NHRA - National Hot Rod Association

The golden 'Golden Greek'

22 Jun 2012
Phil Burgess, NHRA National Dragster Editor
greek-gold.jpgIf you’re a real drag racing fan – and you wouldn’t be here if you weren’t, right? – when you think of Chicago, you think of Chris Karamesines. With the Chicago national event looming just ahead, my thoughts certainly turned this week toward “the Greek,” and I thought it was time we talked about one of his most memorable race cars.

No, I’m not talking about any of the famed Chizler slingshots or even the wedge dragster previously discussed here. Today's topic is solid gold, baby.

At the 1975 Gatornationals, Karamesines wowed everyone when he rolled his new dragster out of the trailer. There, gleaming in the Florida sun, sat a dragster the likes of which had never been seen before, covered from wing tip to front axles in 24-karat gold. And I do mean covered. We’re talking rear wheels, wing struts, spill plates, injectors, valve covers, roll cage, steering wheel, hand brake, and windscreen all the way down to the nuts and bolts, and even the Dzus fasteners had been plated in pure gold. Even his helmet was gold-plated.

Surprisingly, there’s not a lot of documentation on this car to be found. Internet searches found virtually no details, and there doesn't appear to be any magazine articles about the car, probably because of its short initial life, which I’ll get to. I emailed a trio of Insider regulars with vast archives of Drag Racing USA and Super Stock & Drag Illustrated collections, but none could find any articles on the car.

I called “the Greek” a few days ago for the story behind the story, but his memory was a bit fuzzy on the details – that’s what happens when you race for more than 50 years with dozens of cars – but his explanation for the gold-laden rail was pretty simple.

“You’re always trying to do something nice with your cars, and I thought that would be a nice thing,” he said, low-key as always. “Plus, people were already calling me ‘the Golden Greek,’ so I decided I’d put as much gold on it as I could.”

He couldn’t remember a lot of the details of the actual process, nor the amount of precious metal that went into the car, other than that the plating had been done through a company associated with his longtime benefactors at Strange Engineering.

Thankfully, Jeff Stange – son of company founder Bob – remembered it well, and what he couldn’t remember, he was kind enough to get for me from his dad.

According to the Stanges, the work was done for Karamesines (at Strange’s expense, as it turns out) at Precision Plating in Chicago. Strange had become involved with the company not by being a customer, but by custom-building production-line machines for Precision to use in its business.

According to Jeff, the gold was electroplated to the steel in a time-consuming multipart process that involved extensive polishing of the steel parts, followed by a triple-plating process of copper and nickel and then the gold, which probably was no thicker than .005-inch.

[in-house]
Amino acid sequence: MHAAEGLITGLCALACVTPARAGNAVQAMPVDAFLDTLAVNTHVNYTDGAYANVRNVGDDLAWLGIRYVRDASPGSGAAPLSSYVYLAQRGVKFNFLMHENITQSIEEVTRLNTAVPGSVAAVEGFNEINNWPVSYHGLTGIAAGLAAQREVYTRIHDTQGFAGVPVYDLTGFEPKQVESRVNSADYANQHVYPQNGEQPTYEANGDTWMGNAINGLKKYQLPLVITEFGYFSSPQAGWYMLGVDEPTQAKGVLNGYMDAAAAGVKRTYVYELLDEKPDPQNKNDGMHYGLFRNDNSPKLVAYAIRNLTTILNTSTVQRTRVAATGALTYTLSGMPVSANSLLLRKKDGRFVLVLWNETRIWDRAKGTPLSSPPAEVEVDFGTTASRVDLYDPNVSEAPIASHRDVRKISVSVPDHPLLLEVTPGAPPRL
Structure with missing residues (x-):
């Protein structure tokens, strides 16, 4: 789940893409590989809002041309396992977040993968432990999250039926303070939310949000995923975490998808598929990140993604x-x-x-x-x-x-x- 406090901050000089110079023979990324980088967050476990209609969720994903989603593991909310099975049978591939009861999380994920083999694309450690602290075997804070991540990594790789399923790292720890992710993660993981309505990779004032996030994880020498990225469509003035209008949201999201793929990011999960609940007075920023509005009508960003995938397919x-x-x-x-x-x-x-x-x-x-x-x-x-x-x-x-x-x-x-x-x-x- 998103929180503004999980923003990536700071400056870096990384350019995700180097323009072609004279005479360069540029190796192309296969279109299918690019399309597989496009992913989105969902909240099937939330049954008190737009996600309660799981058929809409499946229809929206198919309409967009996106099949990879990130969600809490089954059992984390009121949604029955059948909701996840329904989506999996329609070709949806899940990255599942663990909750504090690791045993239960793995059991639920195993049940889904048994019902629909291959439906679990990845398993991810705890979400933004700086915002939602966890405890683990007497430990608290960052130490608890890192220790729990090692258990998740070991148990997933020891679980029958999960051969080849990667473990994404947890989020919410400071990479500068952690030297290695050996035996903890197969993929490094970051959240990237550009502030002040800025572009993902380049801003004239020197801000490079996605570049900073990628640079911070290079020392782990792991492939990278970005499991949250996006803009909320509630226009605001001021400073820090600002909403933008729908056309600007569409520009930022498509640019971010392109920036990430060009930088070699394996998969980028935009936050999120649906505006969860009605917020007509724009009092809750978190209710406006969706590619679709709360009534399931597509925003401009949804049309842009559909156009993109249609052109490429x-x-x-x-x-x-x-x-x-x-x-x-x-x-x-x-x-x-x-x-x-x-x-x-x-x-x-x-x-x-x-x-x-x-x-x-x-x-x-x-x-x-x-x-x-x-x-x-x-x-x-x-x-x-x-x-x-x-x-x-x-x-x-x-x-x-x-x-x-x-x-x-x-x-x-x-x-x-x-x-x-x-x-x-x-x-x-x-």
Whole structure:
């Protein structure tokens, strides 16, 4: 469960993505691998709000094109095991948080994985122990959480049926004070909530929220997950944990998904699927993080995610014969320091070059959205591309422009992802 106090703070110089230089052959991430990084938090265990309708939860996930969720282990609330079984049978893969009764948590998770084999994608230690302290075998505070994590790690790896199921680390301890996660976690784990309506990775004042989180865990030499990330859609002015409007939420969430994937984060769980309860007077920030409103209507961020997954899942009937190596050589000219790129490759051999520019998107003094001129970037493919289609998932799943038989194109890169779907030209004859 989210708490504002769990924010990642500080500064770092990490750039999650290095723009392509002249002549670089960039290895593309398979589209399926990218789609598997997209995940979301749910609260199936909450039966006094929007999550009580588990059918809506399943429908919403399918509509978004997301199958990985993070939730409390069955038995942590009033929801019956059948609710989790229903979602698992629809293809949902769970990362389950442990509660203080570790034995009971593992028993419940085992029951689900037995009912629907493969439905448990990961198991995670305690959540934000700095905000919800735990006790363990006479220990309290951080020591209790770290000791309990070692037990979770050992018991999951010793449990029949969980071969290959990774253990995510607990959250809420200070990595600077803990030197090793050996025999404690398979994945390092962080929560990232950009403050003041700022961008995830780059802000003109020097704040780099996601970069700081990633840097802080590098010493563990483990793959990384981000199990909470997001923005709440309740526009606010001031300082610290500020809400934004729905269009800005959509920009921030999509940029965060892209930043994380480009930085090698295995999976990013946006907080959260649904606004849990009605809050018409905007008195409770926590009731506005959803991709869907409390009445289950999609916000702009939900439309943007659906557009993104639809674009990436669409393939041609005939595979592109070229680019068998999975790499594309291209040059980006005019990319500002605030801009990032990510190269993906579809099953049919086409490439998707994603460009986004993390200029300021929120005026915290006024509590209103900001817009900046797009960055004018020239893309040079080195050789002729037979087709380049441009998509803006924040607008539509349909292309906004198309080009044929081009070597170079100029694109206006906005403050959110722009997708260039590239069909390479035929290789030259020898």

“The Greek’s” helmet also was specially treated with a coating so that it would take the electric charge necessary to bond the gold to it.

greek5.jpgThe rub on the story, of course, is that “the Greek” crashed the beautiful car on a qualifying pass after a tire blew – with the car going onto the gold-plated cage at points – setting off a top-end treasure hunt for bits and pieces covered in the precious metal.

“A lot of people got different parts of it,” he told me. “The NHRA museum still has part of it.” Indeed, part of the gold-plated front axle is included in a Karamesines display at the popular Southern California shrine to the sport.

How many dollars worth of gold are we talking about? Good question.

greek6a.jpgA photo caption of the wreck in National DRAGSTER – the only reference to the car that I could find in ND – reported that the car was covered in 22 ounces of gold, which, at the 1975 cost of $200 per ounce (I looked it up), would be about $4,400 (minus the actual plating costs). In SS&DI's coverage of the event, a caption reported that the car was "embellished with $8,000 worth of gold plating," which would have been about 40 ounces.

Though it would make a much better story if either number were indeed true – $8,000 or even $4,400 at a time when you could buy a turnkey used fueler from a big-name team for about $10,000 – by the Stanges’ best recollections, only about an ounce and a half of gold was used in the process. 

"There's no way there was that much gold on the car," Jeff confirmed, saddened somewhat to debunk a great myth. "Even two ounces is pushing it. I know that doesn't sound as good as 22 ounces. Maybe 'Greek' said that pulling someone's leg."

Karamesines built another car later that year – “that was one that was even prettier, with a Phoenix bird painted on it in gold leaf,” he recalled – that he ran for a while, then sold to “someone in Las Vegas.”

Today, 22 ounces of gold would set you back more than $35,000. Anyone want to try one-upping "the Greek?" Didn't think so; few ever could.